Quarter Round vs. Shoe Molding [A Clear Winner?]

Making a smooth curve in projects can be a difficult mold effect to pull off. The quarter round and shoe mold are two popular methods of attaining this curvature. 

Having a unique curve in a room can change the entire feel of the project or space. It is a way to keep the sharper edges of furniture or edges of the walls from sticking out. 

A mold is used in order to keep these curves as clean and smooth as possible. The quarter round and shoe mold can essentially do each other’s jobs in terms of making a smooth curve; however, they each have unique designs and differences. 

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So, what is the difference between these two? Here’s where you’ll find out. 

Quarter Round vs. Shoe Molding

Quarter round vs. Shoe molding

What Is A Quarter Round Mold?

Quarter round molds are used to produce a prominent curve along fixed surfaces. With a width of ¾” available in many sizes, the quarter round is considered a versatile mold. 

When it comes to the design of the mold, these are typically made of wood. The reason it is called a quarter round is, in a crosscut, the shape of the mold takes on a quarter of a circle. 

Quarter round mold

The two flat surfaces of the mold lie against the base and vertical areas of an intersection. Then, the round edge joins the two surfaces to create a flush round transition. Once installed, it can  be painted or stained due to its wooden construction. 

Typically, this molding is sold in sectional strips of seven feet. It is easy to cut them in order to accommodate the entire area to be covered.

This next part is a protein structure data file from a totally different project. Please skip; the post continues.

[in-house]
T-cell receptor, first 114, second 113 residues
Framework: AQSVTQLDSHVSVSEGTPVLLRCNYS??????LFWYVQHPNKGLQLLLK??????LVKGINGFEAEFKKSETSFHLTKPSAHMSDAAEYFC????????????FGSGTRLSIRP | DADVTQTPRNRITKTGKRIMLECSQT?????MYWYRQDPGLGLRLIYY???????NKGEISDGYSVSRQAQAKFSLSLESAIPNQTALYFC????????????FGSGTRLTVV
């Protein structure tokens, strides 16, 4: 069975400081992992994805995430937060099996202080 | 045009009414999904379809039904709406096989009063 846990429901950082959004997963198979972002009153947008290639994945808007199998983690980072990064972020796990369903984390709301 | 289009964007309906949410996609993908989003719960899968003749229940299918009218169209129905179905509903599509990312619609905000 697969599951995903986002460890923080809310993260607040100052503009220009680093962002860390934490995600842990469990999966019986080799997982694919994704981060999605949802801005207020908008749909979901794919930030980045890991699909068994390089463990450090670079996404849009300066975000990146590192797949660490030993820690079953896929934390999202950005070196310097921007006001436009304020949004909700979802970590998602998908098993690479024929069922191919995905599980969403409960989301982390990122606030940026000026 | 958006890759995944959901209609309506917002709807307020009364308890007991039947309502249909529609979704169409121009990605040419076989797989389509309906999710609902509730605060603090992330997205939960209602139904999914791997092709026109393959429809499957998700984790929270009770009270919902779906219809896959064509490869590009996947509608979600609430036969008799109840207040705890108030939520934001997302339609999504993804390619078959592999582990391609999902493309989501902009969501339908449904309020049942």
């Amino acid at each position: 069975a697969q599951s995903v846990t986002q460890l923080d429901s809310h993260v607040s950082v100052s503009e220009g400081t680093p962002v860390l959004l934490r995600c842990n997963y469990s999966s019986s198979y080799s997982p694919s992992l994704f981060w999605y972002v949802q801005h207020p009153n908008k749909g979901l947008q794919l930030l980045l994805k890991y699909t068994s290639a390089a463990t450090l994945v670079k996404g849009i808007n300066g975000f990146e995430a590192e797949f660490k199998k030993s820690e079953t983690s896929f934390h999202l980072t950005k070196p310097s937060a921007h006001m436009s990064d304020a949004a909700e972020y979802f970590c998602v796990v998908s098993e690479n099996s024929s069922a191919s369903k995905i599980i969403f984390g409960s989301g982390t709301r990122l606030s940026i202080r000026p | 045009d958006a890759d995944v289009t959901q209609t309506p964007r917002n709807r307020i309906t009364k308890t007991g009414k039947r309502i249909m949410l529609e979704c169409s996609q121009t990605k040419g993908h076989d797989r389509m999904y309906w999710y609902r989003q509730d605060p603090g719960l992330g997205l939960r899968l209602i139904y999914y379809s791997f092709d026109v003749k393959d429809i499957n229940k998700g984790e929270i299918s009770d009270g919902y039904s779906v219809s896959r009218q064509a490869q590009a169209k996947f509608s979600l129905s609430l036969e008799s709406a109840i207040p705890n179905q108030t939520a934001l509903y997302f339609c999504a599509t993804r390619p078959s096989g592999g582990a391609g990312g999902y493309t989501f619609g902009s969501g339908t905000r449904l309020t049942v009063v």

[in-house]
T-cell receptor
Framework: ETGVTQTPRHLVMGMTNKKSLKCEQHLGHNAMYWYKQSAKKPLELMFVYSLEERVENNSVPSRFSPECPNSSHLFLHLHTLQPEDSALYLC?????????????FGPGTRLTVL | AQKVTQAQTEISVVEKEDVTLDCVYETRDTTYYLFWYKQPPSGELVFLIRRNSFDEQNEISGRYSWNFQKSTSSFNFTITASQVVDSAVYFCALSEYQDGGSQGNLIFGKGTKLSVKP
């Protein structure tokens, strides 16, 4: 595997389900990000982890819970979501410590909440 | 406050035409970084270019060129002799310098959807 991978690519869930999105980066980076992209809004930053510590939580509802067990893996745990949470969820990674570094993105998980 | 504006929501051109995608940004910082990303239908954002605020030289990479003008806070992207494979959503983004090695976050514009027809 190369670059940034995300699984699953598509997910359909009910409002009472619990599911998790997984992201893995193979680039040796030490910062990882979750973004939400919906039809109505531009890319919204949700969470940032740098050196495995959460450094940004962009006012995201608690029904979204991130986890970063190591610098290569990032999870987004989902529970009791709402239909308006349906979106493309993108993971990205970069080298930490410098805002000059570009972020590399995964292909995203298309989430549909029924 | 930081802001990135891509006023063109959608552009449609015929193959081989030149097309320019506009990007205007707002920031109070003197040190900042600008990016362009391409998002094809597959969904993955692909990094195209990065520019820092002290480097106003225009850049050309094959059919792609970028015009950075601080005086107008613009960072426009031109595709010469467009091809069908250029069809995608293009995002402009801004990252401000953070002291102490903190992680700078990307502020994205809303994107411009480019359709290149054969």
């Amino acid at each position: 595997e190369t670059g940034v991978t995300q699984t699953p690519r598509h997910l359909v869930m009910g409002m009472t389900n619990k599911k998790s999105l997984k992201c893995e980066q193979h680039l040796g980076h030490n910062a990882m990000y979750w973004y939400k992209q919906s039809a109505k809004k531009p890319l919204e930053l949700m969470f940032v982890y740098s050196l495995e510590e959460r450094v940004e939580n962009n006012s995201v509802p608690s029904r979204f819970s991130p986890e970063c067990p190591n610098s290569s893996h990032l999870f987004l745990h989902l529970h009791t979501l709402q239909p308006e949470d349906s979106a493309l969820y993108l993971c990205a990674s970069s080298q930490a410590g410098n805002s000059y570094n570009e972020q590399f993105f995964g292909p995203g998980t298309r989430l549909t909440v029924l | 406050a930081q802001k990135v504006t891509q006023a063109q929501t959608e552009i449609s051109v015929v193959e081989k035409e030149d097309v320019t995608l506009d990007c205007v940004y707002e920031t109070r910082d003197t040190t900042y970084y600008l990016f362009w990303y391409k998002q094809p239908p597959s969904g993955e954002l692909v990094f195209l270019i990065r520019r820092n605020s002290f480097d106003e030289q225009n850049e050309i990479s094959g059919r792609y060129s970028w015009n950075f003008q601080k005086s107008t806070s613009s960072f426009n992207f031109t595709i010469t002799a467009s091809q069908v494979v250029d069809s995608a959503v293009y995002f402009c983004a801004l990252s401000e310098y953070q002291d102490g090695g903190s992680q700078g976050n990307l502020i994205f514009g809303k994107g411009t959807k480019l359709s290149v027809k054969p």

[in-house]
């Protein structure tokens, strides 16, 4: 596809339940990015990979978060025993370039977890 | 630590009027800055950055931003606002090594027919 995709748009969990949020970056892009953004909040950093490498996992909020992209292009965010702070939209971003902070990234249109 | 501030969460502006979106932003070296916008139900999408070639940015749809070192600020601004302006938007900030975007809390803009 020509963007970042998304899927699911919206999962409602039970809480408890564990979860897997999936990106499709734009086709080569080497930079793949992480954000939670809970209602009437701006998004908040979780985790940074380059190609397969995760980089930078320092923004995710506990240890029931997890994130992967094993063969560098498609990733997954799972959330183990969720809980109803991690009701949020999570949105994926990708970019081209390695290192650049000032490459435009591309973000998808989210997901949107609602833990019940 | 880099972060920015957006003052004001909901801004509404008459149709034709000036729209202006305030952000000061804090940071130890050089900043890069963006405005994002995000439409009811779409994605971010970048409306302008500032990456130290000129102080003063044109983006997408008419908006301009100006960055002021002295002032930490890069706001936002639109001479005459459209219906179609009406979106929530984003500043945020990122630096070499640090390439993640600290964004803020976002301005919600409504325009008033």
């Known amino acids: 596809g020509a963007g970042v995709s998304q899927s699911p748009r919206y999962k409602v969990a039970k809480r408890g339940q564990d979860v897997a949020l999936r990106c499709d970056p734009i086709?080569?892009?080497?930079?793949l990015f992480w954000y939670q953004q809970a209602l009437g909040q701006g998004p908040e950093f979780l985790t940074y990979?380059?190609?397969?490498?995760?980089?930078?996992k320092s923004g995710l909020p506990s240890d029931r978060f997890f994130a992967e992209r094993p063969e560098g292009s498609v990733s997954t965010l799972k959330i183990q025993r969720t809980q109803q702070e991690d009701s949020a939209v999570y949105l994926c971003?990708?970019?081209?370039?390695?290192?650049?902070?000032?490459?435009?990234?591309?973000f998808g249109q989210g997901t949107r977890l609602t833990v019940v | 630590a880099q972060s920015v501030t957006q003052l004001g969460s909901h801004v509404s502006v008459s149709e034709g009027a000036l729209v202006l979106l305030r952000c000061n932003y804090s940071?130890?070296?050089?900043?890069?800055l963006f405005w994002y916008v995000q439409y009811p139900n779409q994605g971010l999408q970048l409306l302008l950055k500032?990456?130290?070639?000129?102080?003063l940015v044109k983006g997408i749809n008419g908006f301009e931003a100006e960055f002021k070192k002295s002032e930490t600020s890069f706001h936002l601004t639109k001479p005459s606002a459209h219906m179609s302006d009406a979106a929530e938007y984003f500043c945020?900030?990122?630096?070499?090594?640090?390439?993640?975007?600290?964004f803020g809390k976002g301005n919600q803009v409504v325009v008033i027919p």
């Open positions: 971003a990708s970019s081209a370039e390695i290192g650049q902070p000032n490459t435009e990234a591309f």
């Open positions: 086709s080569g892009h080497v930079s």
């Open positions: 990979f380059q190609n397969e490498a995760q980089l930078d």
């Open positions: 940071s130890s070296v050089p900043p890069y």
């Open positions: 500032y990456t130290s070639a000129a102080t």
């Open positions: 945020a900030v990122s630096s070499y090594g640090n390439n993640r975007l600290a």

Quarter round molds

The ideal length for lining the space between a floor and adjoining wall or countertops is seven feet. Additionally, quarter round molds come in different sizes that make them versatile for use in not just floor trimming but other areas. So long as the 90-degree angle is present between two surfaces, they will be able to fill in the gaps. 

What Is A Shoe Mold?

Also known as a base shoe mold, the shoe mold is extremely similar to a quarter round mold and is typically used for trimming and lining walls. 

Named due to the height at which the mold trimming sits, shoe molds have been around for quite a while. Beginning in the Victorian era of the 1800s, this trimming decor gradually became popular to seal rooms and keep dirt and bugs from creeping in, 

Shoe mold

Today, these molds are used to create a professional transition between a baseboard and a wall. The small size allows them to fill up gaps between the two. 

What sets the shoe mold apart from the quarter round mold is how drastic the curved effect is. While the latter is a more pronounced curve, the former has a tamer curve. 

Moreover, its curvature is less pronounced than the quarter round and has a narrower profile. Measuring half an inch across, the shoe mold’s capabilities in covering the area is limited. 

One face of the mold is narrower than the other; this slimmer face should be placed on the baseboard. And a significant disadvantage of using shoe molds is the baseboard should be flat in order for the trimming to grip the wall and create a seamless transition. 

Shoe mold

Due to its flexible nature, the uneven flooring is hidden away within the shoe mold. It is only attached to the baseboard, so it creates the effect of a flat surface, transitioning between floor and wall. 

Comparing Quarter Round And Shoe Molding